- VRBO – Use VRBO to find the perfect lake rental home, condo, cabin, cottage or other vacation property.
- Booking.com – One of the world’s leading digital travel companies, Booking.com connects travelers to everything from cozy B&Bs to luxury resorts.
- Expedia – Expedia is a popular online travel agency with more than 140,000 lodging properties worldwide.
- Hotels.com – With more than 325,000 hotels in 19,000-plus locations, Hotels.com is an industry leader in online accommodations.
- TripAdvisor – Read traveler reviews and compare prices on hotels, vacation rentals and more at TripAdvisor.
- Trivago – Trivago helps travelers compare deals for hotels and other accommodations from a variety of booking sites.
- KAYAK – KAYAK scours hundreds of other travel websites at once to find the best deals on hotels and other travel-related services.
- RVshare –RVshare connects travelers interested in renting a motorhome with owners who have RVs to rent.
- CampSpot – Campspot offers premier RV resorts, family campgrounds, cabins and glamping options across North America.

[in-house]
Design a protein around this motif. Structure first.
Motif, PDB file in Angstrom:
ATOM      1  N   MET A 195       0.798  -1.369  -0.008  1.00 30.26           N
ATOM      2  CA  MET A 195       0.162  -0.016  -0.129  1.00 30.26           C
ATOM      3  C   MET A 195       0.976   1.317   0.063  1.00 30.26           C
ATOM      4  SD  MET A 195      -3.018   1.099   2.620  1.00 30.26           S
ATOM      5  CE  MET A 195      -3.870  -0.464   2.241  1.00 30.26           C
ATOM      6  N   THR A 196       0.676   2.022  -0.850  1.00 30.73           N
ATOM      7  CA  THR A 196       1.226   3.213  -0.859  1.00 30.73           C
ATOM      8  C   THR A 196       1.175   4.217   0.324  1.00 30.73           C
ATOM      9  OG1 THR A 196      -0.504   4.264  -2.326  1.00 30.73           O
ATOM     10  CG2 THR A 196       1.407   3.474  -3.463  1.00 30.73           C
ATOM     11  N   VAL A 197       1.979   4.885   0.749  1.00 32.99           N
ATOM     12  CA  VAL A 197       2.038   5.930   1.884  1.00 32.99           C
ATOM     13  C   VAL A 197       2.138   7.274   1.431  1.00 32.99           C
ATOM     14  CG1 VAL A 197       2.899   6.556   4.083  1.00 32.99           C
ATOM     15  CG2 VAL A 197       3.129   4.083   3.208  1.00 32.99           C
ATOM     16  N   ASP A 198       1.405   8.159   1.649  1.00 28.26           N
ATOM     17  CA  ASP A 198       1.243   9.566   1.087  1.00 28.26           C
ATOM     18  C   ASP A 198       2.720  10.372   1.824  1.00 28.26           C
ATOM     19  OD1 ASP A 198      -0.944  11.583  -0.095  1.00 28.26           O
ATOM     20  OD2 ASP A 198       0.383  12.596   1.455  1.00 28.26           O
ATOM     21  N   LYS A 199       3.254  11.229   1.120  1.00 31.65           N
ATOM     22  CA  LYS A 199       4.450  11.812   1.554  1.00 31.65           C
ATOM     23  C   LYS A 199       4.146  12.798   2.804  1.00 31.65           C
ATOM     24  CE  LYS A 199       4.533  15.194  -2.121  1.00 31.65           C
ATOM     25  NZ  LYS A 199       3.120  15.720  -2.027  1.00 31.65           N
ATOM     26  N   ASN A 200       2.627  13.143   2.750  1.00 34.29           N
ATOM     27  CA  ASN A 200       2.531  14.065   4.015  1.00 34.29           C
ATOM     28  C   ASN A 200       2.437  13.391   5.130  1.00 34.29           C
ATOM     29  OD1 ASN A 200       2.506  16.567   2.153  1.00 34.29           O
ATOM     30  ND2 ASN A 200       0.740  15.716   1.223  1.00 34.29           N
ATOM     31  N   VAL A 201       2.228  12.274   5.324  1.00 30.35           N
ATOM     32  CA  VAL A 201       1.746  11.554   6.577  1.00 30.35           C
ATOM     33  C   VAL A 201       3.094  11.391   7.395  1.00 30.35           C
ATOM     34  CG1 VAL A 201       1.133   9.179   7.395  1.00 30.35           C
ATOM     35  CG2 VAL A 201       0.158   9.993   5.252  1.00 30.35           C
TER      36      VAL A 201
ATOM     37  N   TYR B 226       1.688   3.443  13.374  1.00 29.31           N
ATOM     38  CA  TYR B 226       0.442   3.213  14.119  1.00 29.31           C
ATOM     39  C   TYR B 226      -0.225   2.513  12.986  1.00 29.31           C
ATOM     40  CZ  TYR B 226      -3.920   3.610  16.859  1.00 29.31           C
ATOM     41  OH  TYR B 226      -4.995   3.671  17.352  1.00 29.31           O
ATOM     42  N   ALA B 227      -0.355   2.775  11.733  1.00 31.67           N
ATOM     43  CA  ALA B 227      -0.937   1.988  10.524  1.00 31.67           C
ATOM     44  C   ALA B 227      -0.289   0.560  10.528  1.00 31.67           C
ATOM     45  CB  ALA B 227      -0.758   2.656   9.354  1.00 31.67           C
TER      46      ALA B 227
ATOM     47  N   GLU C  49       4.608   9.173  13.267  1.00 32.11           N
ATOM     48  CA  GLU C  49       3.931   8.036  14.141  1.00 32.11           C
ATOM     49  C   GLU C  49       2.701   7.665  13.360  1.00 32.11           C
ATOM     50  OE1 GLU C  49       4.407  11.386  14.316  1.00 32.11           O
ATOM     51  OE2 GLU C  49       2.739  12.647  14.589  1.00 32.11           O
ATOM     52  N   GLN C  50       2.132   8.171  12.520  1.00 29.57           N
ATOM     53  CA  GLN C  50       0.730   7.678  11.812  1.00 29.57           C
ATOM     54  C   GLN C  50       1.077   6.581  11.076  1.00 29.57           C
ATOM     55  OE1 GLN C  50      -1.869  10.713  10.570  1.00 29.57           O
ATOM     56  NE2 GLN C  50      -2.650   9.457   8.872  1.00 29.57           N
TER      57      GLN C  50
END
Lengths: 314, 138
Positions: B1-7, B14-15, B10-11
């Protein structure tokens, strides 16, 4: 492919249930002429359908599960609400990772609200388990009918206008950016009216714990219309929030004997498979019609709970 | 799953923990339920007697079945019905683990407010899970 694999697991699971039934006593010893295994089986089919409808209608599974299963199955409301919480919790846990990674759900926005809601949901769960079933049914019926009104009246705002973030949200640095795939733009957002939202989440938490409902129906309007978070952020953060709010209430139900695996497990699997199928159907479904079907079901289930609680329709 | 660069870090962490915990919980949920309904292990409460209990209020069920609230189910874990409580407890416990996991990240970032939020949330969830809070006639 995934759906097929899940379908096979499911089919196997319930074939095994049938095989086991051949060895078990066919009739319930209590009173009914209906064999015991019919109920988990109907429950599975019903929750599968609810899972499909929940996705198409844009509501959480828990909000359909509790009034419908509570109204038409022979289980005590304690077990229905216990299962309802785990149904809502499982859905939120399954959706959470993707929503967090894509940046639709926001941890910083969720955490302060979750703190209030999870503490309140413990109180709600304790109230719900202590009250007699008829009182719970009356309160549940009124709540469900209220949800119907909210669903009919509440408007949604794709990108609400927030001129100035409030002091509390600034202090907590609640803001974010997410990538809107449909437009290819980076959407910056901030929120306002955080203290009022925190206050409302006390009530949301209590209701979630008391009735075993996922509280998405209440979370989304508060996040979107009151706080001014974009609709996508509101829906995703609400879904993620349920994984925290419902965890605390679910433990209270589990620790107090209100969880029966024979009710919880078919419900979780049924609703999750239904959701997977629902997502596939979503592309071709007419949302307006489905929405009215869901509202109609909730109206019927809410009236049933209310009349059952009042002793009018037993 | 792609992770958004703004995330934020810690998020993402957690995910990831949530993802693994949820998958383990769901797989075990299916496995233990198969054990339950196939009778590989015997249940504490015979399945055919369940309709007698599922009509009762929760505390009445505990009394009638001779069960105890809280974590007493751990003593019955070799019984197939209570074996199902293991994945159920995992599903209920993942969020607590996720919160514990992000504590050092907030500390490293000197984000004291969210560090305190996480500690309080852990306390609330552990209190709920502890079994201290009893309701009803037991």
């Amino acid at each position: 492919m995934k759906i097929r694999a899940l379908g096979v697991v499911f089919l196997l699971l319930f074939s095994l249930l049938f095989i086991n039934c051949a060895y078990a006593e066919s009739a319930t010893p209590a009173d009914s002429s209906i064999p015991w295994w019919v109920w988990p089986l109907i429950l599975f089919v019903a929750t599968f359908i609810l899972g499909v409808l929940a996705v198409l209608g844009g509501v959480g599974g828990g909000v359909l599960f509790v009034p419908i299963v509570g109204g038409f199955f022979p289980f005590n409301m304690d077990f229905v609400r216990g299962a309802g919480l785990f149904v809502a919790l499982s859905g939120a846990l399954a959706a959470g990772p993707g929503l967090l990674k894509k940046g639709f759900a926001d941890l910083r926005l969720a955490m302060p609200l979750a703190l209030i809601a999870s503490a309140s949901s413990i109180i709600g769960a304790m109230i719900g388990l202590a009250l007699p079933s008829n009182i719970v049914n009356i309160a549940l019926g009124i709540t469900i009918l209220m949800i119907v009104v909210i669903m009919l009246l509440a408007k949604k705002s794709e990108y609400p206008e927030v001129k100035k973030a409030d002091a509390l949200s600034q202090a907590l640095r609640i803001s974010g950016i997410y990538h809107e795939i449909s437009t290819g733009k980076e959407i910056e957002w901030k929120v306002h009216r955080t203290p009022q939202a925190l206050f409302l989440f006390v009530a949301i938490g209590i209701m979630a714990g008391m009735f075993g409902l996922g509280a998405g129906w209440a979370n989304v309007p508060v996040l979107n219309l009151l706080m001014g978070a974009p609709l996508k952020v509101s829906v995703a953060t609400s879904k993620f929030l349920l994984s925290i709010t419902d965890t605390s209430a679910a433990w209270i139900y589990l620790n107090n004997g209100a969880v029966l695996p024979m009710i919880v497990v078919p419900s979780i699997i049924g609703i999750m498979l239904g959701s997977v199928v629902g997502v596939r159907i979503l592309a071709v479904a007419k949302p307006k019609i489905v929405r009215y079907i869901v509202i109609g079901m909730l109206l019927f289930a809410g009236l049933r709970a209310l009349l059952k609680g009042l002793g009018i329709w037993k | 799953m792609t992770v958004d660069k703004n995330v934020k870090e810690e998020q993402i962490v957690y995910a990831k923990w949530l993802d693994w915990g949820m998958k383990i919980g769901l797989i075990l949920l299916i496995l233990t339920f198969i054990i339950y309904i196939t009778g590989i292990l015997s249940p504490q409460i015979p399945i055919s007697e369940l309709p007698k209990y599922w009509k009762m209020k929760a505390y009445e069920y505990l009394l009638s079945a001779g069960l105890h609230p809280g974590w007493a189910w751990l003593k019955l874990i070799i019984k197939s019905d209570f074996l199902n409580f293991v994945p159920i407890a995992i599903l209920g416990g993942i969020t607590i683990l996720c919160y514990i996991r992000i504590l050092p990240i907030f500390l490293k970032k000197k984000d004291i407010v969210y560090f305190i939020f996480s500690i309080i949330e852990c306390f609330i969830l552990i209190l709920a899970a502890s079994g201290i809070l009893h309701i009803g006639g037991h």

Note: These are affiliate links so we may earn a small commission if you book through them. While there is no extra cost to you, it helps provide resources to keep our site running (thank you)! You can read our full disclosure policy here.
Warrior Lake Statistics & Helpful Links
Lake Type: Artificial Reservoir, Dammed
Water Level Control: U.S. Army Corps of Engineers
Surface Area: 7,800 acres
Shoreline Length: 300 miles
Normal Elevation (Full Pond): 96 feet
Minimum Elevation (Min Pond): 0 feet
Maximum Elevation (Max Pond): 121 feet
Average Depth: 23 feet
Maximum Depth: 50 feet
Water Volume: 197,340 acre-feet
Completion Year: 1962
Drainage Area: 5,828 sq. miles
Trophic State: Eutrophic